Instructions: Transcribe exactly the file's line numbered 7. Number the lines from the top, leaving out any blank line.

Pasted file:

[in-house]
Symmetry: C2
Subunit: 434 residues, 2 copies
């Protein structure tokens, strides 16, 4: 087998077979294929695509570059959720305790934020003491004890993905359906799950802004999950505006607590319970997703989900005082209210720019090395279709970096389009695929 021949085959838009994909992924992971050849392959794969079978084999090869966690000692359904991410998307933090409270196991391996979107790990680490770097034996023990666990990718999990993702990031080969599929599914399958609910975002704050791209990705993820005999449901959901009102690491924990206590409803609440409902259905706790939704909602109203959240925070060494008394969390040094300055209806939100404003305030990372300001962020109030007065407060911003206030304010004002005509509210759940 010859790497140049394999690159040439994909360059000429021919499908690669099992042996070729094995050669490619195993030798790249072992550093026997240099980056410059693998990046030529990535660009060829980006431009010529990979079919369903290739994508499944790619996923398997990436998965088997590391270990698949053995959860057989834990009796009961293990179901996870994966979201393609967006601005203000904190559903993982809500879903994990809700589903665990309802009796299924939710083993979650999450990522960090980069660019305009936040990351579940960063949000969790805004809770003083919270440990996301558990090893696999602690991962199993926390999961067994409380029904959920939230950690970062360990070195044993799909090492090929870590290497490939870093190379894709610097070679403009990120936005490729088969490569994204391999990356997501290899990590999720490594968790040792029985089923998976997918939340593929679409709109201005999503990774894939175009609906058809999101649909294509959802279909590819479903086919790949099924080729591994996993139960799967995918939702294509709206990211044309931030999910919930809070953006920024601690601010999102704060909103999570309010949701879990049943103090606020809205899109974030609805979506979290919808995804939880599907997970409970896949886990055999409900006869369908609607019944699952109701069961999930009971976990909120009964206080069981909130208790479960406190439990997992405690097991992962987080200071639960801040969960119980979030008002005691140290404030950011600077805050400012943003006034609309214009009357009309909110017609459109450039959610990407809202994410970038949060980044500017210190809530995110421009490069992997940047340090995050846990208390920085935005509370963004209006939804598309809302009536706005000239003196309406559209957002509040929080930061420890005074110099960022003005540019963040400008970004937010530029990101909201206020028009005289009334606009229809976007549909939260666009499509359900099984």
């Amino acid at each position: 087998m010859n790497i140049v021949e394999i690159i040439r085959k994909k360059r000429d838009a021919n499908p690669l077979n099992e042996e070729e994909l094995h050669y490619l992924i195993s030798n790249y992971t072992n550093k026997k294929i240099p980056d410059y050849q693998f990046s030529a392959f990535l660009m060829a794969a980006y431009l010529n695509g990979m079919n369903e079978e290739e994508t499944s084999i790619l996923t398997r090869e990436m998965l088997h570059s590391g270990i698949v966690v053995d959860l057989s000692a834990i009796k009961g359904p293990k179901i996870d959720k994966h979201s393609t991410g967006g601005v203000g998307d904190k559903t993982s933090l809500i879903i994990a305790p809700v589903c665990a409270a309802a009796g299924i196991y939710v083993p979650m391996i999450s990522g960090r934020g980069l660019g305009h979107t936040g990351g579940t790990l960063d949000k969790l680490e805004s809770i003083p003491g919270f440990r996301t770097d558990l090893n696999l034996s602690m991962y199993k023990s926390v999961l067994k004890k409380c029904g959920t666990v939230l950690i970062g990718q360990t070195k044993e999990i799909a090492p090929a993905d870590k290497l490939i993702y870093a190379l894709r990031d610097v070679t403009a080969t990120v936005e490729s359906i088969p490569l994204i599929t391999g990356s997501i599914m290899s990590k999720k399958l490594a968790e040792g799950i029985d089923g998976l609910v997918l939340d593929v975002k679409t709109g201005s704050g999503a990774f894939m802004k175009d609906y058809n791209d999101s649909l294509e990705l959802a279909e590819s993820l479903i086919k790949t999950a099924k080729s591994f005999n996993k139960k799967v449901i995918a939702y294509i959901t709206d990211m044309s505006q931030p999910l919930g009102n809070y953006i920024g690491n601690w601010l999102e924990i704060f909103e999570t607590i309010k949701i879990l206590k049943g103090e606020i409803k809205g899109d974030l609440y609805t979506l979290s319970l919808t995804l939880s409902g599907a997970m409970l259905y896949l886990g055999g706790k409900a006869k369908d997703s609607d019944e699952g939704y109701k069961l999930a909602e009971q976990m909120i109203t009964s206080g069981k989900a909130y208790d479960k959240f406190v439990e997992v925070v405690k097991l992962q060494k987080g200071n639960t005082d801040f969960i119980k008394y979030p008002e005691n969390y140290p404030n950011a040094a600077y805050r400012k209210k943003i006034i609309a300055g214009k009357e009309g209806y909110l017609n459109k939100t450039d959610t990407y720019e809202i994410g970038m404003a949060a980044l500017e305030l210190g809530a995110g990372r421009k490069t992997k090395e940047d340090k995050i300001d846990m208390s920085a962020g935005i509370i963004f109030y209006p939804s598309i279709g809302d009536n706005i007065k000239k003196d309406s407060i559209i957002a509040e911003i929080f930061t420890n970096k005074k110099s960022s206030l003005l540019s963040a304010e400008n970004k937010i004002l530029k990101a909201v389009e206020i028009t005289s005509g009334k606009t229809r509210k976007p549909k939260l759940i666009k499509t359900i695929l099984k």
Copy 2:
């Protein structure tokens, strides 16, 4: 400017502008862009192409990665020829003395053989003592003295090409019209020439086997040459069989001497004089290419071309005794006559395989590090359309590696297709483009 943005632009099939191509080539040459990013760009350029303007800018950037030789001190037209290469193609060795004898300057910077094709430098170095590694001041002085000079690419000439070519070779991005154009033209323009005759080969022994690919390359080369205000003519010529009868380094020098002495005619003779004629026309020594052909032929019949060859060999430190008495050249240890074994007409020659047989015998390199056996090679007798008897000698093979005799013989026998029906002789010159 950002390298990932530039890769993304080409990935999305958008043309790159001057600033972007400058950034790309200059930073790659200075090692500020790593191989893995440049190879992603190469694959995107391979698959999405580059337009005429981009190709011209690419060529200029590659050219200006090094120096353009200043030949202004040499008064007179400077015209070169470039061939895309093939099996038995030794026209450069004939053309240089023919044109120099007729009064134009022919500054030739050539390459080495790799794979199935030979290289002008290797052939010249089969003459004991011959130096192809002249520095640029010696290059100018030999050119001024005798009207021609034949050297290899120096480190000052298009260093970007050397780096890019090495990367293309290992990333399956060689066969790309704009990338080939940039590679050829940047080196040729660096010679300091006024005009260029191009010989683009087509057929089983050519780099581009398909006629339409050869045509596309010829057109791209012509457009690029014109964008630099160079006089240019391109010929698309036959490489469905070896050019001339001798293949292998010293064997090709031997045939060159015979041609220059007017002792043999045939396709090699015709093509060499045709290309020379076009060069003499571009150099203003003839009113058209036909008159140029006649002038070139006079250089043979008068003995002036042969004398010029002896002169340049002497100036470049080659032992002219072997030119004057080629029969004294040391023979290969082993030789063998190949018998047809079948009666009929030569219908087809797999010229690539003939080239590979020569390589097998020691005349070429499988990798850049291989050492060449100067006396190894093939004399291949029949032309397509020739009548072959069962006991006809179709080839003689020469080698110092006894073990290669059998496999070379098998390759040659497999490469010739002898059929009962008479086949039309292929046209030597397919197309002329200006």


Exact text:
């Protein structure tokens, strides 16, 4: 400017502008862009192409990665020829003395053989003592003295090409019209020439086997040459069989001497004089290419071309005794006559395989590090359309590696297709483009 943005632009099939191509080539040459990013760009350029303007800018950037030789001190037209290469193609060795004898300057910077094709430098170095590694001041002085000079690419000439070519070779991005154009033209323009005759080969022994690919390359080369205000003519010529009868380094020098002495005619003779004629026309020594052909032929019949060859060999430190008495050249240890074994007409020659047989015998390199056996090679007798008897000698093979005799013989026998029906002789010159 950002390298990932530039890769993304080409990935999305958008043309790159001057600033972007400058950034790309200059930073790659200075090692500020790593191989893995440049190879992603190469694959995107391979698959999405580059337009005429981009190709011209690419060529200029590659050219200006090094120096353009200043030949202004040499008064007179400077015209070169470039061939895309093939099996038995030794026209450069004939053309240089023919044109120099007729009064134009022919500054030739050539390459080495790799794979199935030979290289002008290797052939010249089969003459004991011959130096192809002249520095640029010696290059100018030999050119001024005798009207021609034949050297290899120096480190000052298009260093970007050397780096890019090495990367293309290992990333399956060689066969790309704009990338080939940039590679050829940047080196040729660096010679300091006024005009260029191009010989683009087509057929089983050519780099581009398909006629339409050869045509596309010829057109791209012509457009690029014109964008630099160079006089240019391109010929698309036959490489469905070896050019001339001798293949292998010293064997090709031997045939060159015979041609220059007017002792043999045939396709090699015709093509060499045709290309020379076009060069003499571009150099203003003839009113058209036909008159140029006649002038070139006079250089043979008068003995002036042969004398010029002896002169340049002497100036470049080659032992002219072997030119004057080629029969004294040391023979290969082993030789063998190949018998047809079948009666009929030569219908087809797999010229690539003939080239590979020569390589097998020691005349070429499988990798850049291989050492060449100067006396190894093939004399291949029949032309397509020739009548072959069962006991006809179709080839003689020469080698110092006894073990290669059998496999070379098998390759040659497999490469010739002898059929009962008479086949039309292929046209030597397919197309002329200006």